“Language seems a privileged metaphor for expressing the mediated character of art-making and the art-work. On the one hand, speech is both an immaterial medium (compared with, say, images) and a human activity with an apparently essential stake in the project of transcendence, of moving beyond the singular and contingent (all words being abstractions, only roughly based on or making reference to concrete particulars). But, on the other hand, language is the most impure, the most contaminated, the most exhausted of all the materials out of which art is made.
This dual character of language — its, abstractness, and its “fallenness” in history — can serve as a microcosm of the unhappy character of the arts today. Art is so far along the labyrinthine pathways of the project of transcendence that it’s hard to conceive of it turning back, short of the most drastic and punitive “cultural revolution.” Yet at the same time, art is foundering in the debilitating tide of what once seemed the crowning achievement of European thought: secular historical consciousness. In little more than two centuries, the consciousness of history has transformed itself from a liberation, an opening of doors, blessed enlightenment, into an almost insupportable burden of self-consciousness. It’s impossible for the artist to write a word (or render an image or make a gesture) that doesn’t remind him of something. Up to a point, the community and historicity of the artist’s means are implicit in the very fact of intersubjectivity: each person is a being-in-a-world. But this normal state of affairs is felt today (particularly in the arts using language) as an extraordinary, wearying problem.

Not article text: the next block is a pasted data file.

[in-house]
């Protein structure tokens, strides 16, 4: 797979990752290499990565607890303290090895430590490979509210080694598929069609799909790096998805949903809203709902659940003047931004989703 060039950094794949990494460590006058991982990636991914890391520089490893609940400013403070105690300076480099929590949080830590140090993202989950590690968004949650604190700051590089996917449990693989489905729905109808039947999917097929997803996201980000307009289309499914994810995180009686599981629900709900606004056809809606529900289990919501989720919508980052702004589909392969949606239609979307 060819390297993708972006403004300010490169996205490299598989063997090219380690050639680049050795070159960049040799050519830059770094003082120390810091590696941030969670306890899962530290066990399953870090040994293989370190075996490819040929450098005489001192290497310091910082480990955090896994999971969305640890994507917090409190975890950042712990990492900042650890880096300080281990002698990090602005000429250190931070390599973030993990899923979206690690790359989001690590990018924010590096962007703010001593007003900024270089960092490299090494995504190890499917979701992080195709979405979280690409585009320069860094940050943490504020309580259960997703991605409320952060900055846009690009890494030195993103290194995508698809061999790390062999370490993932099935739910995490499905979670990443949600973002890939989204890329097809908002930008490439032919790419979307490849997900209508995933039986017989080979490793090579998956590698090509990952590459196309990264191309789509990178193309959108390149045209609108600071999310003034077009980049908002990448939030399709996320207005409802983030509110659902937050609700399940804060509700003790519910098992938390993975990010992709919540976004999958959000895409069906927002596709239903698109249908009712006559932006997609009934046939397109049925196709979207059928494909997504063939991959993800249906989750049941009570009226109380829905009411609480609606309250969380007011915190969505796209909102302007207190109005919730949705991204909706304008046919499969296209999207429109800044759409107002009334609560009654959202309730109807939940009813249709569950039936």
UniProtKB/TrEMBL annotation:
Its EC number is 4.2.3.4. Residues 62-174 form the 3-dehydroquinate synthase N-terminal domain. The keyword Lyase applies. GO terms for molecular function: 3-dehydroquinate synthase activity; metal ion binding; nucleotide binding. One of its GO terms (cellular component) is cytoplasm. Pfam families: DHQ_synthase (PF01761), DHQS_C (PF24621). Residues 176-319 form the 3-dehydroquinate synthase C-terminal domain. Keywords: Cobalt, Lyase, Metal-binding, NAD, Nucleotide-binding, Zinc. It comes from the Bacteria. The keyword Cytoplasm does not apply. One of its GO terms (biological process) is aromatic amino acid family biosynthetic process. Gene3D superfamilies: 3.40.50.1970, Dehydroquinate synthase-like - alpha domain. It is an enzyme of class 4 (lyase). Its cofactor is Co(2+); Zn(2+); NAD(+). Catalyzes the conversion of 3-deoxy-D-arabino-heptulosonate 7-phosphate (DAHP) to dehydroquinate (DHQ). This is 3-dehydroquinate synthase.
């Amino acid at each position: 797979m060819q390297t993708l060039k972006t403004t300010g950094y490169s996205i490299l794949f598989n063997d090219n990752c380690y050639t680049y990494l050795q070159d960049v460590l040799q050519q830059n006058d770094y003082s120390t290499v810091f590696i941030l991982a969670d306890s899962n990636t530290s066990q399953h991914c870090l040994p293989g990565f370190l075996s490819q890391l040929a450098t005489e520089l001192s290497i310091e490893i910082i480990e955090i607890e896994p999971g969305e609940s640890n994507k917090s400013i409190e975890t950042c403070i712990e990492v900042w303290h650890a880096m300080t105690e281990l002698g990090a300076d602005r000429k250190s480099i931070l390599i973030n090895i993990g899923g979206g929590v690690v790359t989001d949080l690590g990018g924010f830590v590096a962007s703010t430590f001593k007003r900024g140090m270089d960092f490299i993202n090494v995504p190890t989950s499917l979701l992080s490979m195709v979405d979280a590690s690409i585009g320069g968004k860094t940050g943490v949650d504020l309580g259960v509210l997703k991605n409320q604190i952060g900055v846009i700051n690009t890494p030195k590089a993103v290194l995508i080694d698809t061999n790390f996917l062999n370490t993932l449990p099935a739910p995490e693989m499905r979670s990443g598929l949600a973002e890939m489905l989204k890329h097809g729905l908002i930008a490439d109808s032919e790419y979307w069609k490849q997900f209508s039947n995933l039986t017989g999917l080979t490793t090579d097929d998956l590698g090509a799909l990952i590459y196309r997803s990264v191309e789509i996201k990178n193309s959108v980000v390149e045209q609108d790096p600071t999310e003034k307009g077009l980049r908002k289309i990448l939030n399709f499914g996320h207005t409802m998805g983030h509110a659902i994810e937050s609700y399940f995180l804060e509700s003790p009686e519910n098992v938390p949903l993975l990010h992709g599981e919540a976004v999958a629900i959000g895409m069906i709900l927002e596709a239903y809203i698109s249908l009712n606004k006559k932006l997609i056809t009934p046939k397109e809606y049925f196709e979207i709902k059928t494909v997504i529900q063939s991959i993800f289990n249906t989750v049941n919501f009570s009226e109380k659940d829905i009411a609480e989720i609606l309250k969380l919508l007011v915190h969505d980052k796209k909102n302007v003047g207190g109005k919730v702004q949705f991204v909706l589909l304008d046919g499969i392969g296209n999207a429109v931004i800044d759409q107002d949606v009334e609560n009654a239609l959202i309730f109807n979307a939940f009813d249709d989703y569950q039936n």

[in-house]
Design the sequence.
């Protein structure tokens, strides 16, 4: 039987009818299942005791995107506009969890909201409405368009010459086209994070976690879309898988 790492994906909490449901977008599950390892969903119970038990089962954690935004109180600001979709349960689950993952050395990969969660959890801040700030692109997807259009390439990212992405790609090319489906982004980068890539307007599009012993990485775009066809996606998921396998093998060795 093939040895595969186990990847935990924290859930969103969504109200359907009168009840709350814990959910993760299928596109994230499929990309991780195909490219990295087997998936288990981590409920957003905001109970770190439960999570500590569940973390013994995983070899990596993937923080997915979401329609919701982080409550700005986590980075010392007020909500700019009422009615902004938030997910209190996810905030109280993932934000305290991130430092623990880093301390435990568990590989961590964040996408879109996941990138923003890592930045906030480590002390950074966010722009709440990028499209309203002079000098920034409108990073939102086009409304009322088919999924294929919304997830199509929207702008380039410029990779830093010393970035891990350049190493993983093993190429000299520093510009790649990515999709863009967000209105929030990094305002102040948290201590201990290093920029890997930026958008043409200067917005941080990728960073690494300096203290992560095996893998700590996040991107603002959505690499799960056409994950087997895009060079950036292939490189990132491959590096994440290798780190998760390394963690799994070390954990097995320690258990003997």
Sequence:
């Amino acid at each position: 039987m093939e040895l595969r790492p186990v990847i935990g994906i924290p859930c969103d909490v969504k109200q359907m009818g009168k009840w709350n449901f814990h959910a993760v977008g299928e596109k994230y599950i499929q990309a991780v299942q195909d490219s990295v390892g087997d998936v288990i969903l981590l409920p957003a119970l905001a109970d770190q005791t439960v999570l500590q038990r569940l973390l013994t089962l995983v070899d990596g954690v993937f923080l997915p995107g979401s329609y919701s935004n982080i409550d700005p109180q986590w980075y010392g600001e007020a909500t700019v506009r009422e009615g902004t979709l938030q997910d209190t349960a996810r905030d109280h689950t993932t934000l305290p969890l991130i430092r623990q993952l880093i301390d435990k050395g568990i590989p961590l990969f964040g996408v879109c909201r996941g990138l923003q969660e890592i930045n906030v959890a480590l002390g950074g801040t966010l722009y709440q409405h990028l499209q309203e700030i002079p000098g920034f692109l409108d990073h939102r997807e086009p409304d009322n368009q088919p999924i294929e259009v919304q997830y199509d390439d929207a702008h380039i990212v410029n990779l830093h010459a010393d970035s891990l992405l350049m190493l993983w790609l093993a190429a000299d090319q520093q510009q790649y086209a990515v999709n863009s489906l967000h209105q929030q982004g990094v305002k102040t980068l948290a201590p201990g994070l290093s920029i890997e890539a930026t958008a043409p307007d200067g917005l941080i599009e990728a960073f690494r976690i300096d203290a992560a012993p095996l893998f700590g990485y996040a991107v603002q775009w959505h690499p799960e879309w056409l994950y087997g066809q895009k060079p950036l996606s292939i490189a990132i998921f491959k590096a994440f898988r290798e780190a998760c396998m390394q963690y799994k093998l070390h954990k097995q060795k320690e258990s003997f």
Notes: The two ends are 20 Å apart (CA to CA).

As Nietzsche said: “Our pre-eminence: we live in the age of comparison, we can verify as has never been verified before.” Therefore, “we enjoy differently, we suffer differently: our instinctive activity is to compare an unheard number of things.”
Language is experienced not merely as something shared but something corrupted, weighed down by historical accumulation. Thus, for each conscious artist, the creation of a work means dealing with two potentially antagonistic domains of meaning and their relationships. One is his own meaning (or lack of it); the other is the set of second-order meanings which both extend his own language and also encumber, compromise, and adulterate it. The artist ends by choosing between two inherently limiting alternatives. He is forced to take a position that’s either servile or insolent: either he flatters or appeases his audience, giving them what they already know, or he commits an aggression against his audience, giving them what they don’t want.
Modern art thus transmits in full the alienation produced by historical consciousness. Whatever the artist does is in (usually conscious) alignment with something else already done, producing a compulsion to be continually rechecking his situation. His own stance with those of his predecessors and contemporaries. Compensating for this ignominious enslavement to history, the artist exalts himself with the dream of a wholly ahistorical, and therefore unalienated, art.”